Ten years ago the debate over the Iraq War came to Congress in the form of a resolution promoted by the Bush administration. The war in Iraq will cost the United States as much as $5 trillion. It played a role in spurring the global financial crisis. Four thousand four hundred eighty-eight Americans were killed. More than 33,000 were injured.
As many as 1 million innocent Iraqi civilians were killed. The monetary cost of the war to Iraq is incalculable. A sectarian civil war has ravaged Iraq for nearly a decade. Iraq has become home to al-Qaeda.
The war in Iraq was sold to Congress and the American people with easily disproved lies. We must learn from this dark period in American history to ensure that we do not repeat the same mistakes. And we must hold accountable those who misled the American public.
On Oct. 2, 2002, the day the legislation to authorize war in Iraq was introduced, I sent and personally distributed a memo to my colleagues in Congress refuting point-by-point every reason given by the Bush administration to go to war.
On Oct. 3, 2002, I held a press conference with 25 members of Congress and then presented an hourlong explanation to Congress on the House floor, refuting the lies upon which the cause of war was predicated.
It was clear from information publicly available at the time that Iraq did not have weapons of mass destruction (WMDs), that Iraq had no connection to 9/11, and that Iraq was not a threat to the United States. Anyone who wanted to look could have seen the same information that I did.
Yet some of America’s top political leaders bought into the Bush-Cheney-Rumsfeld drumbeat of war. Two leading Democrats were among those taken in by the White House hype and the WMD argument:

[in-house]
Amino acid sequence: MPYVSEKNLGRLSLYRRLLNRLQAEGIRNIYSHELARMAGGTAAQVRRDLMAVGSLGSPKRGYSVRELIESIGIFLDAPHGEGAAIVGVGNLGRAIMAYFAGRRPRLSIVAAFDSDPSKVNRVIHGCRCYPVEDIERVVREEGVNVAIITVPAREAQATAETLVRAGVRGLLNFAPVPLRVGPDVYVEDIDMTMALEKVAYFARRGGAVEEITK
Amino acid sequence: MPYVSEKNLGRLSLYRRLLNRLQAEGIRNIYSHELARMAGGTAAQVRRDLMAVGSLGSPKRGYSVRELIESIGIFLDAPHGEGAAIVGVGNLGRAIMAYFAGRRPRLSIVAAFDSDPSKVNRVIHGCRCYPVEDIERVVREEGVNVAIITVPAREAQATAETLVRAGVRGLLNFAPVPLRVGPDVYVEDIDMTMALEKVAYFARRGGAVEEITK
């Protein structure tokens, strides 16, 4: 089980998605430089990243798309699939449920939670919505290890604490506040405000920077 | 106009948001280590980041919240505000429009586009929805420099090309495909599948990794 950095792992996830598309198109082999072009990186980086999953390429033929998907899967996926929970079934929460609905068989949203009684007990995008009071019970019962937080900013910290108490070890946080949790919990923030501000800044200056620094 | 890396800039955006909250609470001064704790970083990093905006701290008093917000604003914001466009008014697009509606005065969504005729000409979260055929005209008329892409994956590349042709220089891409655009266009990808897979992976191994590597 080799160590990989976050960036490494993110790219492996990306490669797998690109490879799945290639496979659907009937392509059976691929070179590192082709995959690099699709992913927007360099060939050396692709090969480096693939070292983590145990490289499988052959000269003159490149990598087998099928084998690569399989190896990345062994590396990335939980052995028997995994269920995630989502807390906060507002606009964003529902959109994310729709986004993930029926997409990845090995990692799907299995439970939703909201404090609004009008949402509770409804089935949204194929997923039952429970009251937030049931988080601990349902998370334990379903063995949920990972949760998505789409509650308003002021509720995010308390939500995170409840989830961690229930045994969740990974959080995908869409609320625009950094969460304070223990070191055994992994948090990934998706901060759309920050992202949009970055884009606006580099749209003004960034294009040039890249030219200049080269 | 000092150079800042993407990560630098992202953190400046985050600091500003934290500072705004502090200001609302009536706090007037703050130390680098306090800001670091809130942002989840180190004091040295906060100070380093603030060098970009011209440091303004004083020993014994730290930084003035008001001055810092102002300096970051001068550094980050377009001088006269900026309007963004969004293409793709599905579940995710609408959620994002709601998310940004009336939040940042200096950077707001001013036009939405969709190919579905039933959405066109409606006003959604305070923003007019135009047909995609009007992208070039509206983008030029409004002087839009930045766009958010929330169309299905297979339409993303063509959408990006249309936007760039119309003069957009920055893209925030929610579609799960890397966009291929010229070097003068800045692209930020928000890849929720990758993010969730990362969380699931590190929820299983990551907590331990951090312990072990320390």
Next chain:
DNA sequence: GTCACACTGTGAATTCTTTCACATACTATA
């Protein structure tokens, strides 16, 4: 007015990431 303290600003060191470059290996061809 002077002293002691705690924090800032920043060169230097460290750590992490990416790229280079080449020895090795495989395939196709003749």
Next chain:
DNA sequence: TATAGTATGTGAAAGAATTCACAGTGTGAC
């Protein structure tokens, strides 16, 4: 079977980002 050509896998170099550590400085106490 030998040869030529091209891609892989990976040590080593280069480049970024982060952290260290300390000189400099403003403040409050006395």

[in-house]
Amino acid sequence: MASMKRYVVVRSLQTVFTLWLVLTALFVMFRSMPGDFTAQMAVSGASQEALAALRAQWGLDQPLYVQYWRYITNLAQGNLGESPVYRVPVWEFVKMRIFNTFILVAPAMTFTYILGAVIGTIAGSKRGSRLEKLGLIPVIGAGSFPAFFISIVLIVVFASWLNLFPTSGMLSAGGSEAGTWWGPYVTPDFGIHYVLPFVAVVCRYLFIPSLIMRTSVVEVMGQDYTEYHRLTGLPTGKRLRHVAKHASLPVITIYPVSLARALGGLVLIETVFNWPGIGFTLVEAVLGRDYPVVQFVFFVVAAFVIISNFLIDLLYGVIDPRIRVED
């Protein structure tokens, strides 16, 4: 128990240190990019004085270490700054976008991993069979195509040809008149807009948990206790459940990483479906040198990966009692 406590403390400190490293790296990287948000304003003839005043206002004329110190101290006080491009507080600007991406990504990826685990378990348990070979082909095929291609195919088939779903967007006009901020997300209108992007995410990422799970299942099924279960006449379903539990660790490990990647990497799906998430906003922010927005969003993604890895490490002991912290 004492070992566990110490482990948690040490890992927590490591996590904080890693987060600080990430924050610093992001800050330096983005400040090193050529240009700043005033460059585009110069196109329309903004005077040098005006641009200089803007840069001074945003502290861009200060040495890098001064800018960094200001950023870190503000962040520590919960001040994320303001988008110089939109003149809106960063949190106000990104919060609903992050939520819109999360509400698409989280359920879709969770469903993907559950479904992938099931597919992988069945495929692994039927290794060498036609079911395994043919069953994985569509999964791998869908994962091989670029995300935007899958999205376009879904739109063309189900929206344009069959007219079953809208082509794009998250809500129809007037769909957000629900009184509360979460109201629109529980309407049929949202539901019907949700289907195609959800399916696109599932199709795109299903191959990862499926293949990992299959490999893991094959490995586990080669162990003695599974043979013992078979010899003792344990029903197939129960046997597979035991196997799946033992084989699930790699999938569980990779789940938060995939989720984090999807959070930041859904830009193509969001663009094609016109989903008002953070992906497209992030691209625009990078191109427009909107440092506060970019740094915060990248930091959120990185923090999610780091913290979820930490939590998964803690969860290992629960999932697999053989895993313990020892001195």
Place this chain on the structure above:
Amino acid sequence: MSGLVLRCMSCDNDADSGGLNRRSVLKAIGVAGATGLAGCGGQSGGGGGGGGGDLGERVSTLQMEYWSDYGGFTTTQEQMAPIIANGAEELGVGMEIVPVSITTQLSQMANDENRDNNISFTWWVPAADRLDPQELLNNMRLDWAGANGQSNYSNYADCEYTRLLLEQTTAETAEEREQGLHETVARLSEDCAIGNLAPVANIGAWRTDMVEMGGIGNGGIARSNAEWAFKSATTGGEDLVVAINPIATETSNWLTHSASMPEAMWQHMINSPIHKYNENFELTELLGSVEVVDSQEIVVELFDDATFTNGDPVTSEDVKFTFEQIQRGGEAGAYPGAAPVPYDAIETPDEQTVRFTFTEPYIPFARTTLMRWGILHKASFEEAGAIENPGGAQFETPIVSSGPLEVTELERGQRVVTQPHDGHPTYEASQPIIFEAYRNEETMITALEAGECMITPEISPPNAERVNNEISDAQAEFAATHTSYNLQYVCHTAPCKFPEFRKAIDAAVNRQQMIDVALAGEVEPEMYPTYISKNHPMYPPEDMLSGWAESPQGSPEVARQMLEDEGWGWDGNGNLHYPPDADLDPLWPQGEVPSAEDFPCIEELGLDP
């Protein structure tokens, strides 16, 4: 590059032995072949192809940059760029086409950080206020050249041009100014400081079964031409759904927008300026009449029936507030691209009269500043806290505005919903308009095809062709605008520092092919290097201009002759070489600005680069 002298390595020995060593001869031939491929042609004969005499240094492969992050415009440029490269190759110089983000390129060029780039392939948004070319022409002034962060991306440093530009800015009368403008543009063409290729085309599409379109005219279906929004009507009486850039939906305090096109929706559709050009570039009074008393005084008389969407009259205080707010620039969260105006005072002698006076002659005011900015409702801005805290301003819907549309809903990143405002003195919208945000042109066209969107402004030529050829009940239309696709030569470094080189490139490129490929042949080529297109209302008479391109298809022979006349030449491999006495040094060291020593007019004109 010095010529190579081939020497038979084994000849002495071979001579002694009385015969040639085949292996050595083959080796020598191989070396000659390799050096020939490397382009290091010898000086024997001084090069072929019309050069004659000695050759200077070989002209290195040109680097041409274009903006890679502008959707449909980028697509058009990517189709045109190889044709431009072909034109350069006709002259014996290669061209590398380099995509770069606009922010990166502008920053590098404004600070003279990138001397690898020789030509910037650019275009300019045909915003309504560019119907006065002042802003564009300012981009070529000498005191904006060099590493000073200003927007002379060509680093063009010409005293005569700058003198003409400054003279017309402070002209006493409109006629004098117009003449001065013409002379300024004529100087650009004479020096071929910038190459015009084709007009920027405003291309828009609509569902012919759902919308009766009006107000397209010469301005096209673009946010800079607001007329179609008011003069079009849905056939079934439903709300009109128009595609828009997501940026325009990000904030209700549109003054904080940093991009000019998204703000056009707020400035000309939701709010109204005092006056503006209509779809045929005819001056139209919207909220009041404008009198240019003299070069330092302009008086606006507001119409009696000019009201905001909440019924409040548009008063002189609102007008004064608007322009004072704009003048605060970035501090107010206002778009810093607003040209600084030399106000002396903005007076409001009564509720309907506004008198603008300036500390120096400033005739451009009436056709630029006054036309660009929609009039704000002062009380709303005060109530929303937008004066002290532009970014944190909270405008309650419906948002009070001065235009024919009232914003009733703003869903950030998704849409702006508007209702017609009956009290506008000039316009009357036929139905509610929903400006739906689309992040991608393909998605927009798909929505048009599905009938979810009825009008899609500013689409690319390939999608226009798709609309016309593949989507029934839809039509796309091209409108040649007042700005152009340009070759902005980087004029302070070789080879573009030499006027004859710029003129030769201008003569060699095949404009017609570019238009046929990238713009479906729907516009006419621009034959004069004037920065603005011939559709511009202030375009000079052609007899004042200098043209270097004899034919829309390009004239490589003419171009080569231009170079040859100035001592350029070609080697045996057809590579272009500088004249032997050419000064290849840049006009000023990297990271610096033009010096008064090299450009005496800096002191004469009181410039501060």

“I believe the facts that have brought us to this fateful vote are not in doubt. Saddam Hussein is a tyrant who has tortured and killed his own people.… [I]ntelligence reports show that Saddam Hussein has worked to rebuild his chemical and biological weapons stock, his missile-delivery capability, and his nuclear program. He has also given aid, comfort, and sanctuary to terrorists, including al-Qaeda members.” – Sen. Hillary Clinton (D-N.Y.), Oct. 10, 2002
“Sept. 11 was the ultimate wake-up call. We must now do everything in our power to prevent further terrorist attacks and ensure that an attack with a weapon of mass destruction cannot happen.… The first candidate we must worry about is Iraq.… [Saddam Hussein] continues to develop weapons of mass destruction, including nuclear devices.” – Leader of the Democratic Caucus in the House, Richard Gephardt (D-Mo.), Oct. 10, 2002
Even the most trusted newspapers around the country blindly repeated as fact grossly incorrect assertions by leaders of both parties:
“No further debate is needed to establish that Saddam Hussein is an evil dictator whose continued effort to build unconventional weapons in defiance of clear United Nations prohibitions threatens the Middle East and beyond.” – The New York Times Editorial Board, Oct. 3, 2002
Notwithstanding the blizzard of disinformation, 133 members of Congress voted against the resolution that authorized the use of military force in Iraq, including nearly two-thirds of the Democratic Caucus in the House. Seven Republicans, including Ron Paul (R-Texas), also voted against the resolution. In the Senate, the vote was 77 to 23 in favor of a war of choice.
Ten years ago Congress voted to wage war on a nation that did not attack us. That decision undermined our fiscal and national security. To this day we are suffering from the blowback. While most of the troops are home, the United States maintains a significant presence in Iraq through the State Department and its thousands of private security contractors.
The war against Iraq was based on lies. Thousands of Americans and perhaps a million Iraqis were sacrificed for those lies. The war in Afghanistan continues. New wars have been propagated in Pakistan, Yemen, and Somalia pursuant to the never-ending “War on Terror.” This mindset puts us at the edge of war against Iran. Ten years and trillions of dollars later, the American people by and large still do not know the truth. It is time to usher in a new period of truth and reconciliation.